Girardi taking advantage of expanded bullpen

Girardi taking advantage of expanded bullpen

NEW YORK -- Michael Pineda glared over the head of Joe Girardi as the Yankees' manager came to take his starting pitcher off the mound on Friday, one out short of qualifying for a win. If it were earlier in the season, Girardi said, he might have left him in there.

But facing a home run threat in Tampa Bay's Brad Miller, as well as the prospect of getting closer to the playoffs, Girardi pulled Pineda to his apparent disapproval.

"It's a really difficult decision," Girardi said. "Early in the year, maybe you do it a little bit differently. This time in the year, I think you have to do what is best to win the game. I thought that was a really important out, and that's why I made the decision."

Early moves to the bullpen have been commonplace for the Yankees in September with an expanded roster. Girardi hasn't hesitated to use the extra arms early and often. Pineda went only 4 2/3 innings on Friday, and on Thursday, CC Sabathia lasted just four innings. Bryan Mitchell went five frames on Wednesday, and Luis Cessa got only one more out than that on Tuesday.

"The good thing is you have the expanded roster," Girardi said when asked about the importance of starters going deep into games. "We've been able to make it work. It's when you get in long streaks like this where it becomes difficult."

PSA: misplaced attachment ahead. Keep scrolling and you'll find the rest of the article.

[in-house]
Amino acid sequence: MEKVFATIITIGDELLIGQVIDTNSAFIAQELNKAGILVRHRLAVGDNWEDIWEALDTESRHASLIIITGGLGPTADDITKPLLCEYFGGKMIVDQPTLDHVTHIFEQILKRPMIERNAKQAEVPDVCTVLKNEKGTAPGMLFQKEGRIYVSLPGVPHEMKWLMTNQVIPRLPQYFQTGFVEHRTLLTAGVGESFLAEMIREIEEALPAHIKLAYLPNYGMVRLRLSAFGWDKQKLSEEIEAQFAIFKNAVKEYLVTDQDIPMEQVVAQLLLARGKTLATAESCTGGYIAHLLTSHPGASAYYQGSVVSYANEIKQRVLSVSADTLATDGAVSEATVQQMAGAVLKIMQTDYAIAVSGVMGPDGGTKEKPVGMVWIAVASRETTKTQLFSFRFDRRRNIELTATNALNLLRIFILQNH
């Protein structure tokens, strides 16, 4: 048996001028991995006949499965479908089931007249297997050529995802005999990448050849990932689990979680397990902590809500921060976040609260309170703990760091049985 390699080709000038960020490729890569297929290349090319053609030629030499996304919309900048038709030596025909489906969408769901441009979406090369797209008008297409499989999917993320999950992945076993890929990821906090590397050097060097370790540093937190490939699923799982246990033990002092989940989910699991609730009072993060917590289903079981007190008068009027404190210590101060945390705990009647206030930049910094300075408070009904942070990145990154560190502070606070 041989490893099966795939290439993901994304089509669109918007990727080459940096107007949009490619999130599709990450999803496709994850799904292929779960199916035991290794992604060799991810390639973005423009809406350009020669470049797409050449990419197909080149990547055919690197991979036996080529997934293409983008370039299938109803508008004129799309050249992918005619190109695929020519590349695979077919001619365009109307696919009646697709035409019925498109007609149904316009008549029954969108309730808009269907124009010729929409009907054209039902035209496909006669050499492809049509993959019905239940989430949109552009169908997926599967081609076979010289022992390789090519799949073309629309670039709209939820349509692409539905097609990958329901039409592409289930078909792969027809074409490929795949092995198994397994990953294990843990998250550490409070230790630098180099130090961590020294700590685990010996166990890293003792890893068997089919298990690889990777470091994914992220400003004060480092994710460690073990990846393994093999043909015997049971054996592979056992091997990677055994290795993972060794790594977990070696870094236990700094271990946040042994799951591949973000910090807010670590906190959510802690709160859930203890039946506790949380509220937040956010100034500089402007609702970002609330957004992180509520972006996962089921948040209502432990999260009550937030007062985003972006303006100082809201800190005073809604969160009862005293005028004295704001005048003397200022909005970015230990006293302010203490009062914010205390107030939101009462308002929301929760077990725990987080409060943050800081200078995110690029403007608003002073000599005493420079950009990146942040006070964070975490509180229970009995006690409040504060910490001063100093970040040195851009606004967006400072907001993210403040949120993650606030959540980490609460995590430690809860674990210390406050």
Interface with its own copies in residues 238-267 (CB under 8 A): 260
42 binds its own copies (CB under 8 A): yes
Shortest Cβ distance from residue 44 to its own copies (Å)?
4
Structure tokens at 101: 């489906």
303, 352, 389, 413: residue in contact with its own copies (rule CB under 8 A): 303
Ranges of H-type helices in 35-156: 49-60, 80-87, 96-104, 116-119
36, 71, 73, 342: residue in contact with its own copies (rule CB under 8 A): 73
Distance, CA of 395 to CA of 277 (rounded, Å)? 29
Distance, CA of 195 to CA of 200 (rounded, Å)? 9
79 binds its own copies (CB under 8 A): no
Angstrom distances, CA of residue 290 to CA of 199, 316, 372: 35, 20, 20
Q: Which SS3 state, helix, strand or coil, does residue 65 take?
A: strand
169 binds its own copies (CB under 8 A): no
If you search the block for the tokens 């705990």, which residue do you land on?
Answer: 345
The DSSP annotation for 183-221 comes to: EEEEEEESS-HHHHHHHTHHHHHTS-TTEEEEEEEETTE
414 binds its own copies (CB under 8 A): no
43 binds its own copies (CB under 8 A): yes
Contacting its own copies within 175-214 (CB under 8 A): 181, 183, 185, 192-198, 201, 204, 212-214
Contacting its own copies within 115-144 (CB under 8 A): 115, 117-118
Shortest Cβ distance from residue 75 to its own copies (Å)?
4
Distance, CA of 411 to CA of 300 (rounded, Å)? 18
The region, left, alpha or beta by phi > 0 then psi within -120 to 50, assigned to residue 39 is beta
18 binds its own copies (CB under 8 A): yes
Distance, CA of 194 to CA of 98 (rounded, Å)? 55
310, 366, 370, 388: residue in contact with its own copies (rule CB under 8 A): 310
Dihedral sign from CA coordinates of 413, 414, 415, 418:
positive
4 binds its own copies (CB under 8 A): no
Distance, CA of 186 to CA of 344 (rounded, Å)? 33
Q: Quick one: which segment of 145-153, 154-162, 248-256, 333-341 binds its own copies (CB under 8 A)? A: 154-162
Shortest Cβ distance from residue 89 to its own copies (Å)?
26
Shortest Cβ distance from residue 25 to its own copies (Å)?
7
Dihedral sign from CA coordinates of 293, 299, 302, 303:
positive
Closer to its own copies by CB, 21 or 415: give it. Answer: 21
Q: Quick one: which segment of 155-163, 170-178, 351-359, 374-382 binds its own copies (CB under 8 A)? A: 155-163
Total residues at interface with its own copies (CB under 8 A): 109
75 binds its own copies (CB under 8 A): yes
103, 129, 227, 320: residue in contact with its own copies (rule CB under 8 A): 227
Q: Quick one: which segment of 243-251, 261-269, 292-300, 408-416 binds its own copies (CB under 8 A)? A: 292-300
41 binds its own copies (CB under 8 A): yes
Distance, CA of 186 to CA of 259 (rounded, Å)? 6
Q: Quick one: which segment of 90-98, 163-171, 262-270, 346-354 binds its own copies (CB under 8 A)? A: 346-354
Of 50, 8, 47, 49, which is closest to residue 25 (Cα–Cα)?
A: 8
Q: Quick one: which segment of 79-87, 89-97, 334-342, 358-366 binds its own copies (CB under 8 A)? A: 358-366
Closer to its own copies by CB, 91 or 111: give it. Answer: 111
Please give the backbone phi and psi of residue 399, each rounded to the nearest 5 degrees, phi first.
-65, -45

Over the past five games, Girardi has motioned to the bullpen 24 times. Still, the Yankees are surging with the postseason within reach.

Girardi said that figuring out how he's going to be able to use the bullpen is "a lot" of the focus before most games. Who's available, where you try to match them up, different situations, how they handle it -- that's all part of the consideration.

"That's nothing new," Girardi said. "But with a lot more of them, it probably takes a little bit more time."

Not only does Girardi have a lot more options, but he's also been utilizing them very consistently.

Sam Blum is a reporter for based in St. Petersburg. This story was not subject to the approval of Major League Baseball or its clubs.